Depending on whether you read Gwyneth Paltrow's GOOP newsletter because you appreciate her recommendations or because you have a sadomasochistic curiosity to see how That Other Half lives, you either will love her cookbook, My Father's Daughter, or you will loathe its existence. Even Paltrow can scarcely believe it herself: “Okay, I wrote a cookbook,” she begins. “Why? you may ask.” We do ask. Given all the hats in her closet – actress, country singer, Gleek, Muppet, blogger, Bon Appetit cover girl, rapper – a toque seems to be, well, excessive.

Paltrow explains: “Cooking has become my main ancillary passion in life. I have always loved food, being around it, preparing it, and of course eating it.” So she's not a writer, but, as she explains, her late father inspired her to appreciate food as a means to celebrate “togetherness.” Hence, My Father's Daughter, Paltrow's self-appointed mission to encourage us to cook and eat together.

As it turns out, you can't drop hints about your privilege and celebrity network without breaking some of the apron ties that bind and undercutting that togetherness theme just a little bit. But we begrudgingly admit: self-indulgent anecdotes aside, Paltrow does give us some great recipes that are easy to make and far more interesting that your typical “healthy” cookbook.

With the assistance of Julia Turshen, Paltrow culls together 150 family-friendly dishes that emphasize fresh, healthy, and unprocessed ingredients. Mario Batali writes the Foreward; his job here is to convince us to give Paltrow a chance. If only it were that easy.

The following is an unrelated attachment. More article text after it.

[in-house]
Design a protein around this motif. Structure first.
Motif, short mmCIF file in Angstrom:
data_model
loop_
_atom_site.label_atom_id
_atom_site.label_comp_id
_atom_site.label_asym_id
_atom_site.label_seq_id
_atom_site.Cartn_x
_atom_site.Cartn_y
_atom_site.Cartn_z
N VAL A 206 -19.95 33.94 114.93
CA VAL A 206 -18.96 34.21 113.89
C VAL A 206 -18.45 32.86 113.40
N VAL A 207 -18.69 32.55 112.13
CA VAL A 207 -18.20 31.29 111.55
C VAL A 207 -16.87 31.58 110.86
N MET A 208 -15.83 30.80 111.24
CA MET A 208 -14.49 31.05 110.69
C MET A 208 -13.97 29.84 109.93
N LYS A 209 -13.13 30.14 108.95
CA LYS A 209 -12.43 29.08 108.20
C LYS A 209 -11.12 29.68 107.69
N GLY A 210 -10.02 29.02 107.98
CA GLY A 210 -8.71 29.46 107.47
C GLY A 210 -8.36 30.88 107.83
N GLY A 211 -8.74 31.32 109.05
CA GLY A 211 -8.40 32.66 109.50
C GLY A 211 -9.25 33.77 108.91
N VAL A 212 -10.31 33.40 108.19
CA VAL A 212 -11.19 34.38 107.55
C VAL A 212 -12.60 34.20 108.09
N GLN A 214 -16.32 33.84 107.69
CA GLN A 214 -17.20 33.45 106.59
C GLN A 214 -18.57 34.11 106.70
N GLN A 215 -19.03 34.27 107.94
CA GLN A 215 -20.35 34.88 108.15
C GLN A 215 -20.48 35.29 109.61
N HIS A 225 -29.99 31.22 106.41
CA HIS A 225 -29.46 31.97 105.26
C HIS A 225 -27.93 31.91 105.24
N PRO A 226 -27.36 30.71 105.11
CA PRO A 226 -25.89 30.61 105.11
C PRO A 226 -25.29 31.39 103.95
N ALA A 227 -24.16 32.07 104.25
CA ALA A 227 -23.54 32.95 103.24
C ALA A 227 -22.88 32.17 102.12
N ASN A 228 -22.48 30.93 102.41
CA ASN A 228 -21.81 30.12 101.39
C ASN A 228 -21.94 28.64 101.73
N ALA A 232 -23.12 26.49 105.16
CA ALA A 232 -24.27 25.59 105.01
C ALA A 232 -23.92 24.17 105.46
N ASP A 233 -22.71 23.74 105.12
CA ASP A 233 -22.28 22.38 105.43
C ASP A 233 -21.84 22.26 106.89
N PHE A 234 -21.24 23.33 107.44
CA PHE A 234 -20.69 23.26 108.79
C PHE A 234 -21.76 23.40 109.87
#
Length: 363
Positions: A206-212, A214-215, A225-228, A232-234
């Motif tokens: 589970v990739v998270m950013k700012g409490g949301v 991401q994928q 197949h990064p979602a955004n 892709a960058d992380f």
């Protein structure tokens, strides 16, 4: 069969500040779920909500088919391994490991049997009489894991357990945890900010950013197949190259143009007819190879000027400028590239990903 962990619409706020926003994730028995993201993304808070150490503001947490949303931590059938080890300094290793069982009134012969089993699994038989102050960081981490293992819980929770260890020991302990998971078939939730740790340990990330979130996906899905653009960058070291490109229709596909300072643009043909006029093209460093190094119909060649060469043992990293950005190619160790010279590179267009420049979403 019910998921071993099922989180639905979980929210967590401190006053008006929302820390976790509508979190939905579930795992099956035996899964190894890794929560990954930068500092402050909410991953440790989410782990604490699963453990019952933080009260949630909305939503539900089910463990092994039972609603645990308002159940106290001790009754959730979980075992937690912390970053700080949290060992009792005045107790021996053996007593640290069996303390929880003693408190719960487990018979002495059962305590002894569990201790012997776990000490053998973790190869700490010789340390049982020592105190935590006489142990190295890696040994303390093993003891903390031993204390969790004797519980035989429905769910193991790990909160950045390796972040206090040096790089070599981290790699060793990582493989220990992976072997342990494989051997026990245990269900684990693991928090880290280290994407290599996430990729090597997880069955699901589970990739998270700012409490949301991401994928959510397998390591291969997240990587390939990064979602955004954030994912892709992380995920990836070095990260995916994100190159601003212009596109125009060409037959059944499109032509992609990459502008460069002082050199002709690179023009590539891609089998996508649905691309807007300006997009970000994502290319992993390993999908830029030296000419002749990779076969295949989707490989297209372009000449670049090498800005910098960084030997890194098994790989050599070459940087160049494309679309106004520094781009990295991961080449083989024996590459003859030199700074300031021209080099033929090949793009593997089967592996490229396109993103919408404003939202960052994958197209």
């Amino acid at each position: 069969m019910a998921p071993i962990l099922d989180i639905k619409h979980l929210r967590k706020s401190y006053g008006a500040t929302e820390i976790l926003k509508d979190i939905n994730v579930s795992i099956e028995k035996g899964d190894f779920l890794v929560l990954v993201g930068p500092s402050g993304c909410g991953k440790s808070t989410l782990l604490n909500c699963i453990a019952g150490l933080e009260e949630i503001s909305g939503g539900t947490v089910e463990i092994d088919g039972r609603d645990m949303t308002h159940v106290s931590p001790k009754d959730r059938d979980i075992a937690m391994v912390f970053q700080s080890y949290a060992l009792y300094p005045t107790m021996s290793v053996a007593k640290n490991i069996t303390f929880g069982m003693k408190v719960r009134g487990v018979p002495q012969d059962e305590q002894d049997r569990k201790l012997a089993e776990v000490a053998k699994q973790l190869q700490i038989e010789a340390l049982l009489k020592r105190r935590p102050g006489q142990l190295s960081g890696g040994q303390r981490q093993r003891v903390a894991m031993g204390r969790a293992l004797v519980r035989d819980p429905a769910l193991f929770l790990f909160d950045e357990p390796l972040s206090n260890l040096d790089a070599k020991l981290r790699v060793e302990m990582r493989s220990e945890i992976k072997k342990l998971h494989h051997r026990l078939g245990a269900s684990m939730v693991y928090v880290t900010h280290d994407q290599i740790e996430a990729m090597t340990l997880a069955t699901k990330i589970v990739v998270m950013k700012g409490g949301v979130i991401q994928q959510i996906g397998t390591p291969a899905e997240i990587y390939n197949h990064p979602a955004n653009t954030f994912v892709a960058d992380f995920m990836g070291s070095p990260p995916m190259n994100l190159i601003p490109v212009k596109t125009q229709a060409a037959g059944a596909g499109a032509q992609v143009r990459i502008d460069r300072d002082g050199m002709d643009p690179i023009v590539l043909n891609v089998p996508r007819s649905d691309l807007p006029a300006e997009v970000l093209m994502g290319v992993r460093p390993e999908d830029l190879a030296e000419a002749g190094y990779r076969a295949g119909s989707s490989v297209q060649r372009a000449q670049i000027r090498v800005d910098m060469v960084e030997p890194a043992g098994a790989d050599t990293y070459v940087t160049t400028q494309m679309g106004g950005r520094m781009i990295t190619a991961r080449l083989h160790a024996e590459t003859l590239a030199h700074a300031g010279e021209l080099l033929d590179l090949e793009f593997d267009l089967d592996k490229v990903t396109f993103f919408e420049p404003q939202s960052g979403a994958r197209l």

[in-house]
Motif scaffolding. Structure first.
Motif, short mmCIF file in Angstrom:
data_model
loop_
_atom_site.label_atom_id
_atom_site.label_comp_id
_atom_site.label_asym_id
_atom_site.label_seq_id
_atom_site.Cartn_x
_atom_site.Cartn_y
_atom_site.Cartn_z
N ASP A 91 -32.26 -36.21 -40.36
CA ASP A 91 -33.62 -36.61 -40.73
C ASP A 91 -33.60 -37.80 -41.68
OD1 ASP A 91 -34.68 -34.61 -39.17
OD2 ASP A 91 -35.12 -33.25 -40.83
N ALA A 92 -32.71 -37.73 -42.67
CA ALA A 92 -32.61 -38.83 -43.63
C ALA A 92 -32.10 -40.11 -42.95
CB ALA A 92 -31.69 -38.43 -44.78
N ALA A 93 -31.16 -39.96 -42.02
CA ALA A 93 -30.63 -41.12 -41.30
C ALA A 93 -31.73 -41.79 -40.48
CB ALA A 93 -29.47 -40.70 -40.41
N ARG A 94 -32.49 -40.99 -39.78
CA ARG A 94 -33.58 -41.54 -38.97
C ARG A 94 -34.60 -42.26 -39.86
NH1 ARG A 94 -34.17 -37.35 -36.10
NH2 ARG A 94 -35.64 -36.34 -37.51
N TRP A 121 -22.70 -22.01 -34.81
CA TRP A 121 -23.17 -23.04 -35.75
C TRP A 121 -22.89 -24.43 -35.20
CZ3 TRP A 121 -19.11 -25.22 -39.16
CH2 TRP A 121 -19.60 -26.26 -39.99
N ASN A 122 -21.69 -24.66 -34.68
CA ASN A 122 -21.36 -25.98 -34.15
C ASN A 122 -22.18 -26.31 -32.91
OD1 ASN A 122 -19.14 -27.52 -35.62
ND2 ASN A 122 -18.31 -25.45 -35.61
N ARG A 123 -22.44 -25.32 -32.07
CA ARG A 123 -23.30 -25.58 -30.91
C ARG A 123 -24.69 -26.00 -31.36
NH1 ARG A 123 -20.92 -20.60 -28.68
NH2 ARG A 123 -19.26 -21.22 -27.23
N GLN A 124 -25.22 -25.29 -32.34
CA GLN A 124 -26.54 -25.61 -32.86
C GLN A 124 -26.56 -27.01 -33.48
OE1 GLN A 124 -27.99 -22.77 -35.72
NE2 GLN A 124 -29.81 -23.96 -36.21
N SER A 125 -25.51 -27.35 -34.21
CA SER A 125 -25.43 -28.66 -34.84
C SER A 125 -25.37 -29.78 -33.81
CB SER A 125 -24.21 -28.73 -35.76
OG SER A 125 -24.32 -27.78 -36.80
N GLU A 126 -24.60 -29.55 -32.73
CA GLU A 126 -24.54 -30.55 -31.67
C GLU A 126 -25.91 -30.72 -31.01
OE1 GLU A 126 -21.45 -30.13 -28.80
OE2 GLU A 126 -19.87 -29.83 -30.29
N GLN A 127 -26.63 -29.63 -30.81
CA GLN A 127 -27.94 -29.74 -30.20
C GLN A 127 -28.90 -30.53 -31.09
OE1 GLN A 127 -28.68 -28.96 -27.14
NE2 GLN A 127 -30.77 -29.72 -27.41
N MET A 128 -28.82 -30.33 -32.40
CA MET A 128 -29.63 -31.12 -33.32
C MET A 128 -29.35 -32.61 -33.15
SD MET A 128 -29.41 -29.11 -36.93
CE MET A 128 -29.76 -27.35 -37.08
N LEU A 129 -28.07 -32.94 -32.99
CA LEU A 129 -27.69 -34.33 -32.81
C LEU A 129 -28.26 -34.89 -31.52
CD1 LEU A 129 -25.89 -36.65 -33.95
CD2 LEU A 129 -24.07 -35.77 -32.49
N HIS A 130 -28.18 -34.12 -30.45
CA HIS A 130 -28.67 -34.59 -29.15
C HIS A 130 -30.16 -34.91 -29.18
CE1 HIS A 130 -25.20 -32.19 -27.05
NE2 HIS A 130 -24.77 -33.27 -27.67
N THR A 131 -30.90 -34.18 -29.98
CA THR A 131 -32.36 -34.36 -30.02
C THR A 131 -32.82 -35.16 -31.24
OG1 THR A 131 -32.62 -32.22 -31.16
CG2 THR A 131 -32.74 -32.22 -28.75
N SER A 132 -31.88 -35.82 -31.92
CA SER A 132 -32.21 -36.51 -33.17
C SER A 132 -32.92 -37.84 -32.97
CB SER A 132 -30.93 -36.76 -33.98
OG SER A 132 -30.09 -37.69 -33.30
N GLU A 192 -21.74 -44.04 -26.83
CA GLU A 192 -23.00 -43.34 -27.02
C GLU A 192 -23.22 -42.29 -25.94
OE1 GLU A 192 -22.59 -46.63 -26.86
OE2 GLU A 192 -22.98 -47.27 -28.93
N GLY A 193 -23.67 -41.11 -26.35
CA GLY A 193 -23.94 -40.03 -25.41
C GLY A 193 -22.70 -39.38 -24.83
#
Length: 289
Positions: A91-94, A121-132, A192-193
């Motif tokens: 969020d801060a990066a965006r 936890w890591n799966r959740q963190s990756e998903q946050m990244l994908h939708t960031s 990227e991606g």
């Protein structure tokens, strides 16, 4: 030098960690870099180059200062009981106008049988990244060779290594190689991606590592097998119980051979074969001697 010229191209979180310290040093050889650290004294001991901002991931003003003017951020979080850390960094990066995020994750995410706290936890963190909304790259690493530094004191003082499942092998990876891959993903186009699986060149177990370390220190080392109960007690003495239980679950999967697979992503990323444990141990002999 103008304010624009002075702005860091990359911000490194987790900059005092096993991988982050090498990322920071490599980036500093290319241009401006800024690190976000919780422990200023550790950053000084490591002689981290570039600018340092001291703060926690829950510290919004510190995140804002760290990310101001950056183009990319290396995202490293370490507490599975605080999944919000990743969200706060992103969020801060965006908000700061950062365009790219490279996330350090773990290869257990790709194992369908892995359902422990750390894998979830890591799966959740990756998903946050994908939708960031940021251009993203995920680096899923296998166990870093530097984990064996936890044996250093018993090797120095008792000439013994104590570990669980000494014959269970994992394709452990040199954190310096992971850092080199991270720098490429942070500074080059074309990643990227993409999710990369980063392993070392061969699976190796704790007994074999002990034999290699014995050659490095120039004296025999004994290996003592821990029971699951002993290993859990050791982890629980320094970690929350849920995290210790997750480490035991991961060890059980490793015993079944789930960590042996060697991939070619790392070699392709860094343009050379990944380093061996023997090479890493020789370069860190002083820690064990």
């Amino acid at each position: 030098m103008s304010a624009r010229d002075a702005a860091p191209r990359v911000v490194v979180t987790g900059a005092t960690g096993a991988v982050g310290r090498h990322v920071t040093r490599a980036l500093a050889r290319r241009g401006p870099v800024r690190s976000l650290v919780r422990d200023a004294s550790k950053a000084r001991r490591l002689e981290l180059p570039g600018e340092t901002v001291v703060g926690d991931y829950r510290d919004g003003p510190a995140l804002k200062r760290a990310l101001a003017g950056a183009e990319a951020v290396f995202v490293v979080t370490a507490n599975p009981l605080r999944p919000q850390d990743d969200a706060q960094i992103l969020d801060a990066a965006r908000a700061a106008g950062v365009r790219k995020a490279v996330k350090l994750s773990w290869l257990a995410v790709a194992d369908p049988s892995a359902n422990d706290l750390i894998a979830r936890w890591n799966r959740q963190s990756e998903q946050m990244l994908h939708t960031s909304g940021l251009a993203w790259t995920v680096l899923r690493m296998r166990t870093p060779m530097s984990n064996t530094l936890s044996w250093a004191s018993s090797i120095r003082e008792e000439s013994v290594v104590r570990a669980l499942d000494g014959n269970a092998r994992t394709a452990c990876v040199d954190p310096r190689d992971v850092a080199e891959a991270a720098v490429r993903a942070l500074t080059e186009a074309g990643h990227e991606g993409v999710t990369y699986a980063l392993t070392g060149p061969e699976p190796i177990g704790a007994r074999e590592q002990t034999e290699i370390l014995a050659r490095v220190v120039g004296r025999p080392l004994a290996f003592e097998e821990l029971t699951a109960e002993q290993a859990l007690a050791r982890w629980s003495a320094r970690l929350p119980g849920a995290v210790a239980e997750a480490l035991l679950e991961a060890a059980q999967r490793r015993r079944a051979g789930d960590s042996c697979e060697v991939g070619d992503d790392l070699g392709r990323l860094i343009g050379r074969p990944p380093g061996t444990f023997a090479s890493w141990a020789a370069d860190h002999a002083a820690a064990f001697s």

Paltrow first walks us through her a pantry, valued at $450, that includes five types of flour and Bragg Liquid Aminos. A chart of ingredient substitutions doubles as a lesson on the paradox of choice: if she calls for turkey, duck or tempeh bacon, for example, we may substitute “pork bacon.” No soy, rice, or hemp milk? “Cow's milk” – known in pedestrian jargon as milk – also will work.

At this point, we began to doubt whether we could afford to give Paltrow a chance. We also developed class anxiety. But, we forged ahead – and were surprised. Paltrow likes Spanish and Asian flavors; the recipes throughout make use of ingredients like fish sauce and anchovies as a matter of routine. The recipes are easy to follow even if you have to tweak them to fit the contours of your pantry, and readily adaptable to vegan or vegetarian diets. For example, the recipe for homemade Srircha (see below) uses seven ingredients, all of which we had on hand save for arrowroot. Corn starch was used instead, and the resulting sauce was quite good, if not a bit too sweet. A simple substitution (soy for fish sauce) makes this vegan-friendly.

The remainder of the cookbook is divided into eight sections: soups, salads, burgers and sandwiches, pastas, main courses, side dishes, breakfast, and desserts. Within each section, basic recipes (roast chicken) are balanced with more involved ones (duck ragu). You probably already have her basic recipes elsewhere, but for every dish we skipped, there was one that gave us pause. Her duck “cassoulet” sans pork is a one-pot meal we'd like to try on a Saturday evening. Paltrow doesn't eat red meat, so what otherwise may have been a standard chapter on burgers is full of intriguing non-beef ideas (duck and rosemary burgers with plum ketchup, anyone?).